This is a very good thing, as this means that drugs for diseases like AIDS, Diabetes, Tubercolosis, Heart disease etc, which afflict a significant protion of the population remain low cost and within the reach of the common man


df1

posted on Jan, 29 2007 @ 01:49 PM
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The only reason for any government to exist is to look out for the well being of the people that they represent. The government of Thailand is doing that. I can hardly wait to hear the American critics griping about the loss of corporate profits and explaining to us how if these multinational drug companies can't make a profit they won't develop new drugs in the future.

If sick people can't afford these new drugs who gives a damn if they do more research. The legal drug cartel might as well go back to making laundry detergent, if the people can't get treatment because they can't afford the drug.

We need to get the US congress to represent the interests of people instead of the interests of drug companies.

[edit on 29-1-2007 by df1]



posted on Jan, 29 2007 @ 02:17 PM
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Those companies that are suing the Thai government plan to have the trial where? Thailand?


It's going to be a losing case. A country's government can choose which copyright/trademark/patent laws they will accept into federal law.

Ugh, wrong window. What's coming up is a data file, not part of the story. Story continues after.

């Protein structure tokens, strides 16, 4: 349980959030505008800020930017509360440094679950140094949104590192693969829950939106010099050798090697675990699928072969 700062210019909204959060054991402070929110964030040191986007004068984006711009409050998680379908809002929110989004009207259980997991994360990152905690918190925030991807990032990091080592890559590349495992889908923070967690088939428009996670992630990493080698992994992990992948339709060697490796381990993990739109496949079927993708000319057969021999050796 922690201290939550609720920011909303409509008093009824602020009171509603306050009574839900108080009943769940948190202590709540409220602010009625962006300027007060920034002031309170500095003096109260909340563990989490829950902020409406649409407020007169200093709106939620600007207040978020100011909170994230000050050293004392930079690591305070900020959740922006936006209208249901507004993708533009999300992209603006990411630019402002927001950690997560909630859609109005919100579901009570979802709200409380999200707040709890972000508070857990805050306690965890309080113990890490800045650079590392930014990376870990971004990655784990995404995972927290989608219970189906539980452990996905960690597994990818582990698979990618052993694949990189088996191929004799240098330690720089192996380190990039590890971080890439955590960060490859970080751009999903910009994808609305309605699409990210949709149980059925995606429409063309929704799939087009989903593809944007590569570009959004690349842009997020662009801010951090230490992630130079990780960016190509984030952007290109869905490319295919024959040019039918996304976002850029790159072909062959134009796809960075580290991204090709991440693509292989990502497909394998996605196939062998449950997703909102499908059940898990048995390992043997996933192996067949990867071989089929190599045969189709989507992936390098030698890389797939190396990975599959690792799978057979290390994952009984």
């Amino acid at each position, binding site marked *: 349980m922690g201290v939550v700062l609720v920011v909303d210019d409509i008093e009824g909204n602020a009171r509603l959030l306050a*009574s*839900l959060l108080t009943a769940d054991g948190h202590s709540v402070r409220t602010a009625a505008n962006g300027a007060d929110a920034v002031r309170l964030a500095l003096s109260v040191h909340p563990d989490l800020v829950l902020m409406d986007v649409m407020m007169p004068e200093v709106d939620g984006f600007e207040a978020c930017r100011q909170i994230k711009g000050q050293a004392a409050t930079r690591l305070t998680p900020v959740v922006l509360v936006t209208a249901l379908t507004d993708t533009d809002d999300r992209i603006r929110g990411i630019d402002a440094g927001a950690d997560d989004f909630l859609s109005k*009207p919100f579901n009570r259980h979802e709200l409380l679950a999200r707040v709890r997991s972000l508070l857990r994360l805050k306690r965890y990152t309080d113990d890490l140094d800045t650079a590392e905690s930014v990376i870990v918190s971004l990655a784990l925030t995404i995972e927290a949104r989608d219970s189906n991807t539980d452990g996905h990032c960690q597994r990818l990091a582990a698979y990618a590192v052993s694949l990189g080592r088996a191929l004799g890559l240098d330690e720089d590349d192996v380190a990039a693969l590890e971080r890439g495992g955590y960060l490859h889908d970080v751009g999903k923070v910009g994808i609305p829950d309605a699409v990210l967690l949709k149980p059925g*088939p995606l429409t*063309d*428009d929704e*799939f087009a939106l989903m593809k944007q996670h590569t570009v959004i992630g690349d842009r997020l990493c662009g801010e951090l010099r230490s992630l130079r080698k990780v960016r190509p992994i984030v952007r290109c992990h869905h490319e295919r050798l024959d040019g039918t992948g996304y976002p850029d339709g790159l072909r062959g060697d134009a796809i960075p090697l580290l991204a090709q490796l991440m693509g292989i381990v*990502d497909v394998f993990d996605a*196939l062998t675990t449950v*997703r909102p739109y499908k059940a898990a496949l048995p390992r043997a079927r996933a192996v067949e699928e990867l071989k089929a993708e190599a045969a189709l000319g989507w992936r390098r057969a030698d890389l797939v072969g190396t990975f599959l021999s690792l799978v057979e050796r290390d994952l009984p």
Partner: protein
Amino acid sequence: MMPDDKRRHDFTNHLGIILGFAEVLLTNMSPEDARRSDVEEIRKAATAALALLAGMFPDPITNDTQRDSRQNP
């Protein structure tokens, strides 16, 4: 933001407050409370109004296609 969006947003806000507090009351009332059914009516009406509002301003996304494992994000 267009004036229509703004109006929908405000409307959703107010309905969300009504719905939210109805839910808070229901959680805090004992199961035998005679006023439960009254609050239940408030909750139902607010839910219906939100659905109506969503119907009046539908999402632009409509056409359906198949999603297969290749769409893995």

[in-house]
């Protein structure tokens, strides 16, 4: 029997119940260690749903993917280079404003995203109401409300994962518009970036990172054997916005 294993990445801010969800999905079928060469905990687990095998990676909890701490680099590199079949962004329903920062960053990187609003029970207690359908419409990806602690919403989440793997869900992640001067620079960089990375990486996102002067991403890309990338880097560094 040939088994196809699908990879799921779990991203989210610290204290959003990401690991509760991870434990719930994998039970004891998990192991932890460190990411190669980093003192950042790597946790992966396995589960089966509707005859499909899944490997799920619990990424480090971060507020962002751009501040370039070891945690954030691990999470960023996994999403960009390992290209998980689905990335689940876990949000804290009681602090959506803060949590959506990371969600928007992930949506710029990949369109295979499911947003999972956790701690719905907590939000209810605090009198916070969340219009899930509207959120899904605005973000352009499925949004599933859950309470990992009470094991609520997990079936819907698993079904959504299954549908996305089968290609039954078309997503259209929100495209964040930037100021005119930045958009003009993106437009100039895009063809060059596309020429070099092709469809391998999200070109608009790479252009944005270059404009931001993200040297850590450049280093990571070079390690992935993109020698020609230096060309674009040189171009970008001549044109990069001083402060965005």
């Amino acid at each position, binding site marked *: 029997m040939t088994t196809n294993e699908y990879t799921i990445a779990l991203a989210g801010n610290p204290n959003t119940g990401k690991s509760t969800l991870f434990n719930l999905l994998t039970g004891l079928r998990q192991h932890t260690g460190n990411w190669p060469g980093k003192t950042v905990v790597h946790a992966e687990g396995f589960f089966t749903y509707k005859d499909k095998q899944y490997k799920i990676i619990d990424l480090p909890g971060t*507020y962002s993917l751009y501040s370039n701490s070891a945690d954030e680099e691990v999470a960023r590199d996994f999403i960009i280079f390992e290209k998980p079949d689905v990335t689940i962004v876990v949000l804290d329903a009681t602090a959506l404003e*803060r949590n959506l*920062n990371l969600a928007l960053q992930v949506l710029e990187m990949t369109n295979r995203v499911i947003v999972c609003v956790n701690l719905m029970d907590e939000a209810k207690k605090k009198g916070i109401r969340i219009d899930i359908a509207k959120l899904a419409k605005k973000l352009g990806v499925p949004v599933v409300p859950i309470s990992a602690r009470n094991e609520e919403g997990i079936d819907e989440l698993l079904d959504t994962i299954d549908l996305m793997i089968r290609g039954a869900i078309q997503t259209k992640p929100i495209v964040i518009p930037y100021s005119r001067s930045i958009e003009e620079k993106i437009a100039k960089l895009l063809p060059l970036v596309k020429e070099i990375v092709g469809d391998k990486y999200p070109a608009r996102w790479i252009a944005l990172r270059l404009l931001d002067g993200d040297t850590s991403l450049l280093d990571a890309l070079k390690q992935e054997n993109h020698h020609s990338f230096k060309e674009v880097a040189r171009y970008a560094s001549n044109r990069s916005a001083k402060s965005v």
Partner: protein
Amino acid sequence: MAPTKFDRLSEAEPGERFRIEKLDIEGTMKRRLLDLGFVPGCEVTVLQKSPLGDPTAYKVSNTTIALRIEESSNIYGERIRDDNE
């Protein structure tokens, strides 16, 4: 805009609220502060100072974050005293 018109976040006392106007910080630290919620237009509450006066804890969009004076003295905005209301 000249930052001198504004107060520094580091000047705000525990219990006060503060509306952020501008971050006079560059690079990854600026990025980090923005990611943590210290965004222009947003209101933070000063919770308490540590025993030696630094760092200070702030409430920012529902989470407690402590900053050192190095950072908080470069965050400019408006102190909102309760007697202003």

posted on Jan, 29 2007 @ 03:53 PM
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Originally posted by DJMessiah
Those companies that are suing the Thai government plan to have the trial where? Thailand?


It's going to be a losing case. A country's government can choose which copyright/trademark/patent laws they will accept into federal law.


That's right, Thailand will be using the "go eff yourself" defense.
God forbid human lives are chosen over money, although I'm sure some goofy, drug company sponsored spin-doctor will be on Fox News eventually about this, explaining how in the long run, this will hurt the economy and more people could die.

That's when I'll have to write Fox and explain how Thailand's defense works...
and that's much to graphic for ATS



posted on Jan, 29 2007 @ 05:19 PM
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Well, I always knew Thailand was an interesting place, and was
on my list of countries that I did'nt mind and somewhat liked, but
this has moved it up to one of the countries I like.

I'm glad to see that the Thainese government is actuially doing
what government is for, to protect and aid it's peoples.


In my opinions, you should'nt have to pay money to be healthy
in the first place.



posted on Jan, 29 2007 @ 06:12 PM
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Originally posted by puneetsg
This regime has led to India having some of the lowest drug prices in the world,

Well, of course. You're stealing drugs. That tends to be pretty cost effective.